Basalt to suck highest water users dry?
April 30, 2003
The Basalt Town Council will be forced to decide in coming weeks just how stiff of penalties the highest water users should be required to pay.
A citizens’ committee made a strong pitch last night to overhaul the town’s existing water rates in favor of a system that treats all customers more equitably. Members of the committee said their proposal will encourage townwide conservation rather than pin blame on the handful of residents with big houses and big yards.
But a couple of dissenting residents questioned whether the proposed overhaul provides enough “incentive” for the highest residential water users to conserve.
Town council members did little to tip their hand on how they will resolve the debate. They said at least two public hearings – where all town citizens can weigh in – will be held before a decision is made.
The debate was sparked after last summer’s record-breaking drought, when the new water rates hit Basaltines in the wallet. Bills soared by more than 175 percent for the highest water users while residents who used smaller amounts only saw modest increases in their bills.
A citizens’ committee was formed by the council in December to review the system after some residents complained. The committee reported back last night with a proposal that would establish base fees plus water consumption rates for “reasonable” and “excess” use. Consumption allowances would be determined depending on house size and landscaped yard size.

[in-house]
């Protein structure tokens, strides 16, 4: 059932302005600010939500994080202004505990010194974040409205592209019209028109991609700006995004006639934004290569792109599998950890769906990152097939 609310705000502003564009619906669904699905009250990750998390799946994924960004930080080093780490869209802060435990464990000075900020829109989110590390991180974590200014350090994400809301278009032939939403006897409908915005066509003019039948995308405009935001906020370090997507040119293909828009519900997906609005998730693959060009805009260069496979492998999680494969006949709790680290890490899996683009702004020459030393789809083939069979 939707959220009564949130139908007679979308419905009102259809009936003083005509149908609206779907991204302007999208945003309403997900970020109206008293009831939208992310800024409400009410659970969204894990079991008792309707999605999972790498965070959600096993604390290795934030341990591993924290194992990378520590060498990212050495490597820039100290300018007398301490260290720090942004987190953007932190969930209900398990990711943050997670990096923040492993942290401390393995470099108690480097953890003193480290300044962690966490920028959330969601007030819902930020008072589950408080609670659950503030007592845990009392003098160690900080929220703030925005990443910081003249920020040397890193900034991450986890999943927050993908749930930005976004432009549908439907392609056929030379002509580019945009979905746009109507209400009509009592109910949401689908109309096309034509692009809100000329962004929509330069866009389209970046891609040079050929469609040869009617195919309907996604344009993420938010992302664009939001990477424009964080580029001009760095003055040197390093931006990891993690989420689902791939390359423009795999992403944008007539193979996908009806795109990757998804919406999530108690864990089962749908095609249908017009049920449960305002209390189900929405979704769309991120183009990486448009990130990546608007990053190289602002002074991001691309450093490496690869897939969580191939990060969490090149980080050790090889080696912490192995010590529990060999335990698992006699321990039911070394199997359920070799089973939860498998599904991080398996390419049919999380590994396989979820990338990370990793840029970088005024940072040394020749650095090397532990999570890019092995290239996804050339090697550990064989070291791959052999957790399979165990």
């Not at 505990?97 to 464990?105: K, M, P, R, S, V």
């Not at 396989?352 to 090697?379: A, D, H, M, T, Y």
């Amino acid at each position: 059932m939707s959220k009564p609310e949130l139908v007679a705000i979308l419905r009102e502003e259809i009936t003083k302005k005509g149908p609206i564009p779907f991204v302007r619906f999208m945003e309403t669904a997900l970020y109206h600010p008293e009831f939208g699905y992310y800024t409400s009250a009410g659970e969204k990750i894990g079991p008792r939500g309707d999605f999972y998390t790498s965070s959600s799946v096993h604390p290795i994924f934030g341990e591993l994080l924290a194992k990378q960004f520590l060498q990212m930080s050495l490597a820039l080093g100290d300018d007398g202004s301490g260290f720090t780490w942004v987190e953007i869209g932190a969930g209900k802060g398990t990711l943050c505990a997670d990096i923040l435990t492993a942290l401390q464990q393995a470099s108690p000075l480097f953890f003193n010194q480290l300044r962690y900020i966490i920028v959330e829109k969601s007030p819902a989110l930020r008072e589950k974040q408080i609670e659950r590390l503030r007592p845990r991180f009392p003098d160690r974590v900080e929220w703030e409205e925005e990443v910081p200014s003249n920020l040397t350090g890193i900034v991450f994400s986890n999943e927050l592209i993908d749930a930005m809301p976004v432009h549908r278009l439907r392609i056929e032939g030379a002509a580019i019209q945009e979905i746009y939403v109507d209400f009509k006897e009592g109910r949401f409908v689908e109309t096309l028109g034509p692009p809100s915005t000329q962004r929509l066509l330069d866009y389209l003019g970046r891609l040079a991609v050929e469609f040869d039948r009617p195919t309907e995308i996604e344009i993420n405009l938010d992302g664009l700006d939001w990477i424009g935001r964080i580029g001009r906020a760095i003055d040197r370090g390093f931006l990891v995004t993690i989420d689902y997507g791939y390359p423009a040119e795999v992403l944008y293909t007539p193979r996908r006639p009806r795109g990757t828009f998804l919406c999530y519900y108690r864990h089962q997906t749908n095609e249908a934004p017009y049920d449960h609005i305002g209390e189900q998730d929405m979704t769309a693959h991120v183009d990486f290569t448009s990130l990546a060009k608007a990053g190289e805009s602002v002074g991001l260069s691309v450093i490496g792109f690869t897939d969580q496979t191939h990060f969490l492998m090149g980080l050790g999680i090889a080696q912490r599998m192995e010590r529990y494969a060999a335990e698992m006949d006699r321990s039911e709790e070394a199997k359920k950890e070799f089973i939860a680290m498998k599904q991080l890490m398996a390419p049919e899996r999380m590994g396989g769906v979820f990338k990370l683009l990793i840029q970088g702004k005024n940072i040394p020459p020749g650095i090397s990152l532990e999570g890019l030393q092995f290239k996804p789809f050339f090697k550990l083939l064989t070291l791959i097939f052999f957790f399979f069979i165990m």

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People with big yards and big houses would be allowed a different amount of water while people with smaller houses and yards would be allowed a different amount. Any users who exceeded their “reasonable” amounts would pay a penalty.
“The encouragement to conserve is a strong one,” said Peter Frey, a member of the water committee.
While the system sounds complicated, all the necessary data on house sizes and lot sizes is available from the assessors’ offices of Pitkin and Eagle counties, noted Frey.
He said the committee didn’t want to base water consumption rates on the number of residents in a house because it didn’t want to send the “water police” around to check on the validity of information.
Frey said an advantage of the proposed system is it doesn’t automatically assume that people with large families and big yards are wasteful water users.
But Basalt resident Auden Schendler challenged the proposal by noting that households with the largest yards would see their penalty for higher water use drop under the proposed system while people with smaller yards would see financial penalties increase for excess use.
He urged the council to keep the current residential consumption rates in place and make adjustments, if necessary, by lowering the $60 base fee charged by the town per quarter of the year.
Members of the citizens’ committee contended that the fees currently charged raise more money than needed to operate the water infrastructure and maintain a reserve fund. Water committee member Ellen Knous said the current water rate structure is collecting about $150,000 more annually than the town needs.
“The reserve fund is adequate and too much money is being collected from the public right now,” she said.
But some council members indicated they aren’t willing to let the reserve fund dwindle lower without first reviewing the upgrades that may be needed to the water infrastructure.
In general, council members seemed receptive to the proposal, especially the idea of revising the rates charged to commercial users. But council members also said they need to dig into the proposal in much greater detail before they can decide on revisions. No specific meetings were set, but they will be held later this spring.
Details on the water rate proposal can be acquired at Town Hall.
[Scott Condon’s e-mail address is email@example.com]